We Welcome the LGBTQ Community to Participate in the Full Life of Our Church
When searching the Bible for a concrete answer to any 21st century issue, it is imperative to hold specific texts in light of the arc of the Gospel. One needs to consider the whole story of God’s relationship with humanity from Genesis to Revelation. This way we can “see the forest for the trees.”
The Bible helps us on our Christian journey of faith by both challenging and comforting us. Our faith can be informed and shaped by the experiences and wisdom of those who have gone before us. For example, we see God’s identity as the Source and Creator of life in the Book of Genesis. We can be fed by the message that we are all made in God’s image. And at the same time, we can acknowledge that we make decisions, consciously and unconsciously, that alienate us from God and lead to a brokenness that is healed by returning to God. These spiritual realities are true for us without being factually true. In other words, you can believe in the timeless truths revealed in Genesis without believing that God made it all happen in 7 calendar days.
Our belief is that the overall message from the Bible returns time and time again to God’s love for us, and all people. That’s the lens through which we read the Bible, follow Jesus’s way and teachings, and celebrate the Holy Spirit’s continued presence in the world today. God’s love challenges our prejudices and the norms of our culture that continue to marginalize and denigrate people. We don’t pretend to be perfect, or to have all the answers. When tempted to hate we defer to love.
The power and authority of the Bible for us happens when the study, interpretation, and prayerful discernment of these sacred texts evokes an encounter with God’s still speaking voice today.
What does the Bible say about homosexuality?
Homosexuality is a “hot button” issue for many Christians. The answer to the question depends on your belief about the authority of the Bible, how our current Bible was put together, how you read the Bible, which version you read, and what you already believed before you read it. For some Christians, the Bible is, literally, the “Word of God.” For these folks, if it’s “in the Bible” God said it. End of discussion.
But interestingly, there is no Hebrew, Aramaic or Greek word for “homosexuality.” It wasn’t until 1869 that Dr. Karoly Benkert, a Hungarian physician created the term by combining "homo," the Greek word for same, with the Latin "sexual." So obviously, the word hadn’t even been created until long after the Bible was written.
The Biblical passages that have been identified historically as ones that condemn homosexuality are found in both the Hebrew (Old Testament) and the Christian (New Testament) Scriptures. Most of the Hebrew references translate the Hebrew "kedah" into the English word “homosexual” or “sodomite.” The Hebrew word, however, means “temple prostitute.” Judaism, as a monotheistic religion (one God), was threatened by many competing pagan religions. Many of these religions included worship of fertility gods. Worship at these pagan temples included sex (both heterosexual and homosexual). It was those practices that the Hebrew scriptures were prohibiting.
Similarly, in the Christian scriptures, the Greek word, "malakos" is translated into the English word "homosexual." Malakos referred to a Greek practice of pederasty – that is, older men having sex with boys. A unique-for-the-times hallmark of the early Christian church was that it was based on mutual, affirming love and care. So pederasty would be condemned as the abusive, coercive, power-over sexual activity it is, and clearly a violation of Jesus’ command to “love one another as I have loved you.”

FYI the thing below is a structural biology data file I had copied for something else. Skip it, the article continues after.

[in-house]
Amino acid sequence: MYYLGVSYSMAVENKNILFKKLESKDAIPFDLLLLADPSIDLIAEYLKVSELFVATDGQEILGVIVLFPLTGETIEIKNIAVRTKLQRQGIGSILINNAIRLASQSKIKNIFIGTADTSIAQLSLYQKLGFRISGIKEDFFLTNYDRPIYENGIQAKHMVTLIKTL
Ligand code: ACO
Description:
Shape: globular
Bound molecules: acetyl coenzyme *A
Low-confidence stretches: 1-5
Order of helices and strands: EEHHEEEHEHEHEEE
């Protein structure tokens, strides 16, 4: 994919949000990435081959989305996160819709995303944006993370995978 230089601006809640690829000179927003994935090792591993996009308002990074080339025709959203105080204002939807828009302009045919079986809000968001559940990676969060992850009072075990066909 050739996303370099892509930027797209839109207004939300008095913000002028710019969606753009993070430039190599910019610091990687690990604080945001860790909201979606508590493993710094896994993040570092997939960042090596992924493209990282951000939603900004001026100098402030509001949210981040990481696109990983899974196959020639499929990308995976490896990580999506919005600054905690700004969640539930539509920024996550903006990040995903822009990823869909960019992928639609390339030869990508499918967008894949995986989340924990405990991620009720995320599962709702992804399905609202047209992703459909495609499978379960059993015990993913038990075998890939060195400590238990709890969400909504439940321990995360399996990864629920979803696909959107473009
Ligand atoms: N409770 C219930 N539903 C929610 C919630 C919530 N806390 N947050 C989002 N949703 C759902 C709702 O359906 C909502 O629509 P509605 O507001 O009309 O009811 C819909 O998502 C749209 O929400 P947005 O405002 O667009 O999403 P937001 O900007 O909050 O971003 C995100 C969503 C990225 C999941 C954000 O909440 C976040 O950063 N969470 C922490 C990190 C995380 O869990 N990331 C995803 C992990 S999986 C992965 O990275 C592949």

The Bible: We take it too seriously to take it literally.
For us at Bethel, and for many other progressive Christians, we offer and practice an interpretation of the Bible that is not literal, in that we believe the Bible is not God dictating his thoughts into the writers’ ears, but rather that the Bible is a collection of inspired literature that represents faithful peoples’ experiences of God.
We believe that the writings of the Bible were inspired by God, and that those who wrote them had a genuine experience of the Divine (either individually or in the life of the communities in which they lived). We are fed by the wisdom and truth that is found in the Bible. The Bible doesn’t have to be factually true to speak to us, and to draw us to God’s heart of love.
This view of the Bible liberates it and us.
It liberates the Bible because it releases us from the intellectual challenges we find if we read it carefully. Most of us, if we have read the Bible, know that it can seem to contradict itself. We know, too, that the Bible condones human activity that does not seem consistent with the radical love revealed in Jesus Christ. Slavery, polygamy, holy war, rape, and social prejudices of many shapes and forms can be found (and justified) in the Bible.
Love is good.
The books of the Bible have been shaped by the community’s experience of the Living God. And just as importantly, they have been shaped by the cultural insights and biases of the people who wrote them. From our perspective, Biblical descriptions of “homosexuality” refer to unhealthy abusive acts that dehumanize. This is in marked contrast to mutually loving, caring, monogamous, healthy, mature relationships between consenting adults who are homosexual, bi-sexual, and transgendered. It is our call and responsibility to put Bible teachings into their proper cultural and historical perspective to be truly faithful to the call to be Jesus' ambassadors in the world.
We believe that love is a gift from God. When it is shared between two people, in a faithful, intentional relationship, God smiles and says, “It is good.”